Employee Equity

Source: A VC, Nov 2010

The first thing you do is you figure out how valuable your company is (we call this “best value”). This is NOT your 409a valuation (we call that “fair value”). This “best value” can be the valuation on the last round of financing. Or it can be a recent offer to buy your company that you turned down. Or it can be the discounted value of future cash flows. Or it can be a public market comp analysis. Whatever approach you use, it should be the value of your company that you would sell or finance your business at right now. Let’s say the number is $25mm. This is an important data point for this effort. The other important data point is the number of fully diluted shares. Let’s say that is 10mm shares outstanding.

The second thing you do is break up your org chart into brackets. There is no bracket  for the CEO and COO. Grants for CEOs and COOs should and will be made by the Board. The first bracket is the senior management team; the CFO, Chief Revenue Officer/VP Sales, Chief Marketing Officer/VP Marketing, Chief Product Officer/VP Product, CTO, VP Eng, Chief People Officer/VP HR, General Counsel, and anyone else on the senior team. The second bracket is Director level managers and key people (engineering and design superstars for sure). The third bracket are employees who are in the key functions like engineering, product, marketing, etc. And the fourth bracket are employees who are not in key functions. This could include reception, clerical employees, etc.

When you have the brackets set up, you put a multiplier next to them. There are no hard and fast rules on multipliers. You can also have many more brackets than four. I am sticking with four brackets to make this post simple. Here are our default brackets:

Senior Team: 0.5x

Director Level: 0.25x

Key Functions: 0.1x

All Others: 0.05x

Then you multiply the employee’s base salary by the multiplier to get to a dollar value of equity. Let’s say your VP Product is making $175k per year. Then the dollar value of equity you offer them is 0.5 x $175k, which is equal to $87.5k. Let’s say a director level product person is making $125k. Then the dollar value of equity you offer them is 0.25 x $125k which is equal to $31.25k.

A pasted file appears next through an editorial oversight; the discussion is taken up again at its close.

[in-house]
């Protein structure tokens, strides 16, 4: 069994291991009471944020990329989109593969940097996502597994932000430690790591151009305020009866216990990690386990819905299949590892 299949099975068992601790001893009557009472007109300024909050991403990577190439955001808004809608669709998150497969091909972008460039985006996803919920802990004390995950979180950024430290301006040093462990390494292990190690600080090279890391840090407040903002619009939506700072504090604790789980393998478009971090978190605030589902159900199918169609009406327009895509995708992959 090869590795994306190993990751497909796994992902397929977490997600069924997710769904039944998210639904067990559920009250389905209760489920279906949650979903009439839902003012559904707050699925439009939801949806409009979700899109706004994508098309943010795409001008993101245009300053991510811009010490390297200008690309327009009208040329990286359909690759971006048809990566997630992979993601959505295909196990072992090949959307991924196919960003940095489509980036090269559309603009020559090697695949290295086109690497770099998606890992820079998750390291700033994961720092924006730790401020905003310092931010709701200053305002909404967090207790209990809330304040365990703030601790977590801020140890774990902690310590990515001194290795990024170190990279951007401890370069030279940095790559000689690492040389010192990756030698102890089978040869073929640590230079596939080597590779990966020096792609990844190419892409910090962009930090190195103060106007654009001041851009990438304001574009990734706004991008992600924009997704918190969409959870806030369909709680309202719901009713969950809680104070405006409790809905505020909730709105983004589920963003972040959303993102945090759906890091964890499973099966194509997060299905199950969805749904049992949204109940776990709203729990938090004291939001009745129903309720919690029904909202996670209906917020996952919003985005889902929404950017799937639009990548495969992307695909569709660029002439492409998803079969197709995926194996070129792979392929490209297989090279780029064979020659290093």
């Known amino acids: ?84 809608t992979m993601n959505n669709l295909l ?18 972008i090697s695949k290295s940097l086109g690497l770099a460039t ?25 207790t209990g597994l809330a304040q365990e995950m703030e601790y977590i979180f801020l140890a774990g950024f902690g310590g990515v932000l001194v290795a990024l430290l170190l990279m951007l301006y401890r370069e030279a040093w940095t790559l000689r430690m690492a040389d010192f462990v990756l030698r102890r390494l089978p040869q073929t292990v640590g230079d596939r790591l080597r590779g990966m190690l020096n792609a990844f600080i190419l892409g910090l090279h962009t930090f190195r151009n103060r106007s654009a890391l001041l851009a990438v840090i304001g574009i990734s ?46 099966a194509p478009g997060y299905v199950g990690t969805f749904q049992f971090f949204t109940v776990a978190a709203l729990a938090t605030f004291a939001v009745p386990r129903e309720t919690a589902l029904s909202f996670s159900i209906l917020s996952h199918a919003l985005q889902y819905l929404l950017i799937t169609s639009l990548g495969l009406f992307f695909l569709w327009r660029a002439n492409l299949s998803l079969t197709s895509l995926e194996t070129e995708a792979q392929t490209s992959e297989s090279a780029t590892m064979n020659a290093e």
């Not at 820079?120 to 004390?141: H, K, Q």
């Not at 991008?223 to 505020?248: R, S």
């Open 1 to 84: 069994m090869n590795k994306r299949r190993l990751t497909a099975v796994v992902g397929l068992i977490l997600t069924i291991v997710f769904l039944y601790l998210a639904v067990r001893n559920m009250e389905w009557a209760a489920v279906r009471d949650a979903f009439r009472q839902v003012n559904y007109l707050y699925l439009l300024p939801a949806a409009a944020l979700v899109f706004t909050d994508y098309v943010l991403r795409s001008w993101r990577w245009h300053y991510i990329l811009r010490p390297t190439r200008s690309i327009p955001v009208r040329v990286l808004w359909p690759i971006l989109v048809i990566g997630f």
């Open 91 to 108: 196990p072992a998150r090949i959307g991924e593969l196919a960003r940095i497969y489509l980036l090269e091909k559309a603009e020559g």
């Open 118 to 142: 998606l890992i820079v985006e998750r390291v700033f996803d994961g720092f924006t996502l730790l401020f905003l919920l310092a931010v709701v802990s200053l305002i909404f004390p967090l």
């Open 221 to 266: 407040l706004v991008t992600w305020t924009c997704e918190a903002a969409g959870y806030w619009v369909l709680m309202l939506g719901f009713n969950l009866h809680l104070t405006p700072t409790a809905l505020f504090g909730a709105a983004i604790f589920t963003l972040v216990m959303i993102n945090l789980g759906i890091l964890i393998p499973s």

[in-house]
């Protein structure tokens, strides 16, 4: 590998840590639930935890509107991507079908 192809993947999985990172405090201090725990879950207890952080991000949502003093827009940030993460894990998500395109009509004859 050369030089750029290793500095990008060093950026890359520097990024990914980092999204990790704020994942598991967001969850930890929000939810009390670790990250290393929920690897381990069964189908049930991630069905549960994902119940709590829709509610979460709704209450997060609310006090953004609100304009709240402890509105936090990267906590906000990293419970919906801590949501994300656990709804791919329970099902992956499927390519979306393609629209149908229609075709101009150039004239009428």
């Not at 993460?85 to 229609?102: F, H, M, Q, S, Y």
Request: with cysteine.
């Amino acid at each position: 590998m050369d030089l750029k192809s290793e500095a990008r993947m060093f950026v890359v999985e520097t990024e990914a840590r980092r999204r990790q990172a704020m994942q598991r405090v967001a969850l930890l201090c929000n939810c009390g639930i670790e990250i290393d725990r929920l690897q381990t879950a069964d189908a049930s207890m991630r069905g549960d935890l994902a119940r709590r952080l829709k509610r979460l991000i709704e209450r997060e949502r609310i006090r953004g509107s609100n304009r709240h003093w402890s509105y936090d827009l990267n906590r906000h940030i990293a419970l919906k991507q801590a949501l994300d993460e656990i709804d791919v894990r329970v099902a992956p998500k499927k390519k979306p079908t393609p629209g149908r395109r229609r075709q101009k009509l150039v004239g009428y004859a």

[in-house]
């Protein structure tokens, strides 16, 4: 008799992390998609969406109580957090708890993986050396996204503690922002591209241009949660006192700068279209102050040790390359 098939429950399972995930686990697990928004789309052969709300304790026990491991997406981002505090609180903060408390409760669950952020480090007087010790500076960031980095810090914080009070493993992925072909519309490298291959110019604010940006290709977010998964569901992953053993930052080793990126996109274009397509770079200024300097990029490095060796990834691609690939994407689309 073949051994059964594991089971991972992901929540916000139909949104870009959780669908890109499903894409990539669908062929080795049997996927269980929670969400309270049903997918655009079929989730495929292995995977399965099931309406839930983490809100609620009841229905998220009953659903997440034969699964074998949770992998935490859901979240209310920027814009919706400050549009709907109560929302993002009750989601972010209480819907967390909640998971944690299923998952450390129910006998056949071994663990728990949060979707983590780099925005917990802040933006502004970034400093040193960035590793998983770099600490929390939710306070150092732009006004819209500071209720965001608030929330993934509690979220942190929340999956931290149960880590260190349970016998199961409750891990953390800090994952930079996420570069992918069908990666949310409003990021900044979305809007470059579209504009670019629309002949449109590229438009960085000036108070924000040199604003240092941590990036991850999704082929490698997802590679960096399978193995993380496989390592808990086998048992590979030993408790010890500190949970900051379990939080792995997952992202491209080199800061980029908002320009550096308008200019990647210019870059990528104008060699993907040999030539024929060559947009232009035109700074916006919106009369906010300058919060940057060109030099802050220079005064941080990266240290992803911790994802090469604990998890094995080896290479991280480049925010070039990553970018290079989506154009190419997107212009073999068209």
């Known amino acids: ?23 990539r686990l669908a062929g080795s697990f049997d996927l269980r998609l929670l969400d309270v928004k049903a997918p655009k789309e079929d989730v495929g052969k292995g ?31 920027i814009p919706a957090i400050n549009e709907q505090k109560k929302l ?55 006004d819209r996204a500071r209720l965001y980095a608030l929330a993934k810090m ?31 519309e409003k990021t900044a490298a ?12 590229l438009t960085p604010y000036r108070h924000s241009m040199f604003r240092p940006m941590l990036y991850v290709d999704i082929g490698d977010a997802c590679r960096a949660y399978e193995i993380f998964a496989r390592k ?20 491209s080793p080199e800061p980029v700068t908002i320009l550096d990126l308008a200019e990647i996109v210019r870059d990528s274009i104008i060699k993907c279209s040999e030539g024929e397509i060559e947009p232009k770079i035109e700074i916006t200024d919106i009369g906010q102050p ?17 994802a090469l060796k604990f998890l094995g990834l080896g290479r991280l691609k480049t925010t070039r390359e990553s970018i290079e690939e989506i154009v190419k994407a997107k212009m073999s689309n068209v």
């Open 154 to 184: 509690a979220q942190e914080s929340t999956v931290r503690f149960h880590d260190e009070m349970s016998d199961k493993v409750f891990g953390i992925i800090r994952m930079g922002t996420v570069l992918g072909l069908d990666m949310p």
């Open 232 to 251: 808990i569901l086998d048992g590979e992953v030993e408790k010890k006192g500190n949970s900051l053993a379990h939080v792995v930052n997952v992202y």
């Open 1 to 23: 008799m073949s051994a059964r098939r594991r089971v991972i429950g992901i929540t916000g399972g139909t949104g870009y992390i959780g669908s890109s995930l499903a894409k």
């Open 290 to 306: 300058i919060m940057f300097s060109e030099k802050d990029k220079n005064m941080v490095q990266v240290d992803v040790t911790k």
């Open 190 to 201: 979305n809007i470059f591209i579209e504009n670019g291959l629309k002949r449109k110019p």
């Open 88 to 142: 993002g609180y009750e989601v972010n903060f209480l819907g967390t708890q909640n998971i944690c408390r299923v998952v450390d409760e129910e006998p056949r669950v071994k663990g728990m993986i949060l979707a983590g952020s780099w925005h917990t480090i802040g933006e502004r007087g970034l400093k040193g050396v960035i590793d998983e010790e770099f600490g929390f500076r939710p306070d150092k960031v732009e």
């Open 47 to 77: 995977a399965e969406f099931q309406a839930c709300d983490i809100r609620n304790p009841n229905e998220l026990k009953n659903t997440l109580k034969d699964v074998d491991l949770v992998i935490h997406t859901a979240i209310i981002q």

Then you divide the dollar value of equity by the “best value” of your business and multiply the result by the number of fully diluted shares outstanding to get the grant amount. We said that the business was worth $25mm and there are 10mm shares outstanding. So the VP Product gets an equity grant of ((87.5k/25mm)  * 10mm) which is 35k shares. And the the director level product person gets an equity grant of ((31.25k/25mm) *10mm) which is 12.5k shares.

Another, possibly simpler, way to do this is to use the current share price. You get that by dividing the fair value of your company ($25mm) by the fully diluted shares outstanding (10mm). In this case, it would be $2.50 per share. Then you simply divide the dollar value of equity by the current share price. You’ll get the same numbers and it is easier to explain and understand.

The key thing is to communicate the equity grant in dollar values, not in percentage of the company. Startups should be able to dramatically increase the value of their equity over the four years a stock grant vests. We expect our companies to be able to increase in value three to five times over a four year period. So a grant with a value of $125k could be worth $400k to $600k over the time period it vests. And of course, there is always the possiblilty of a breakout that increases 10x over that time. Talking about grants in dollar values emphasizes that equity aligns interests around increasing the value of the company and makes it tangible to the employees.

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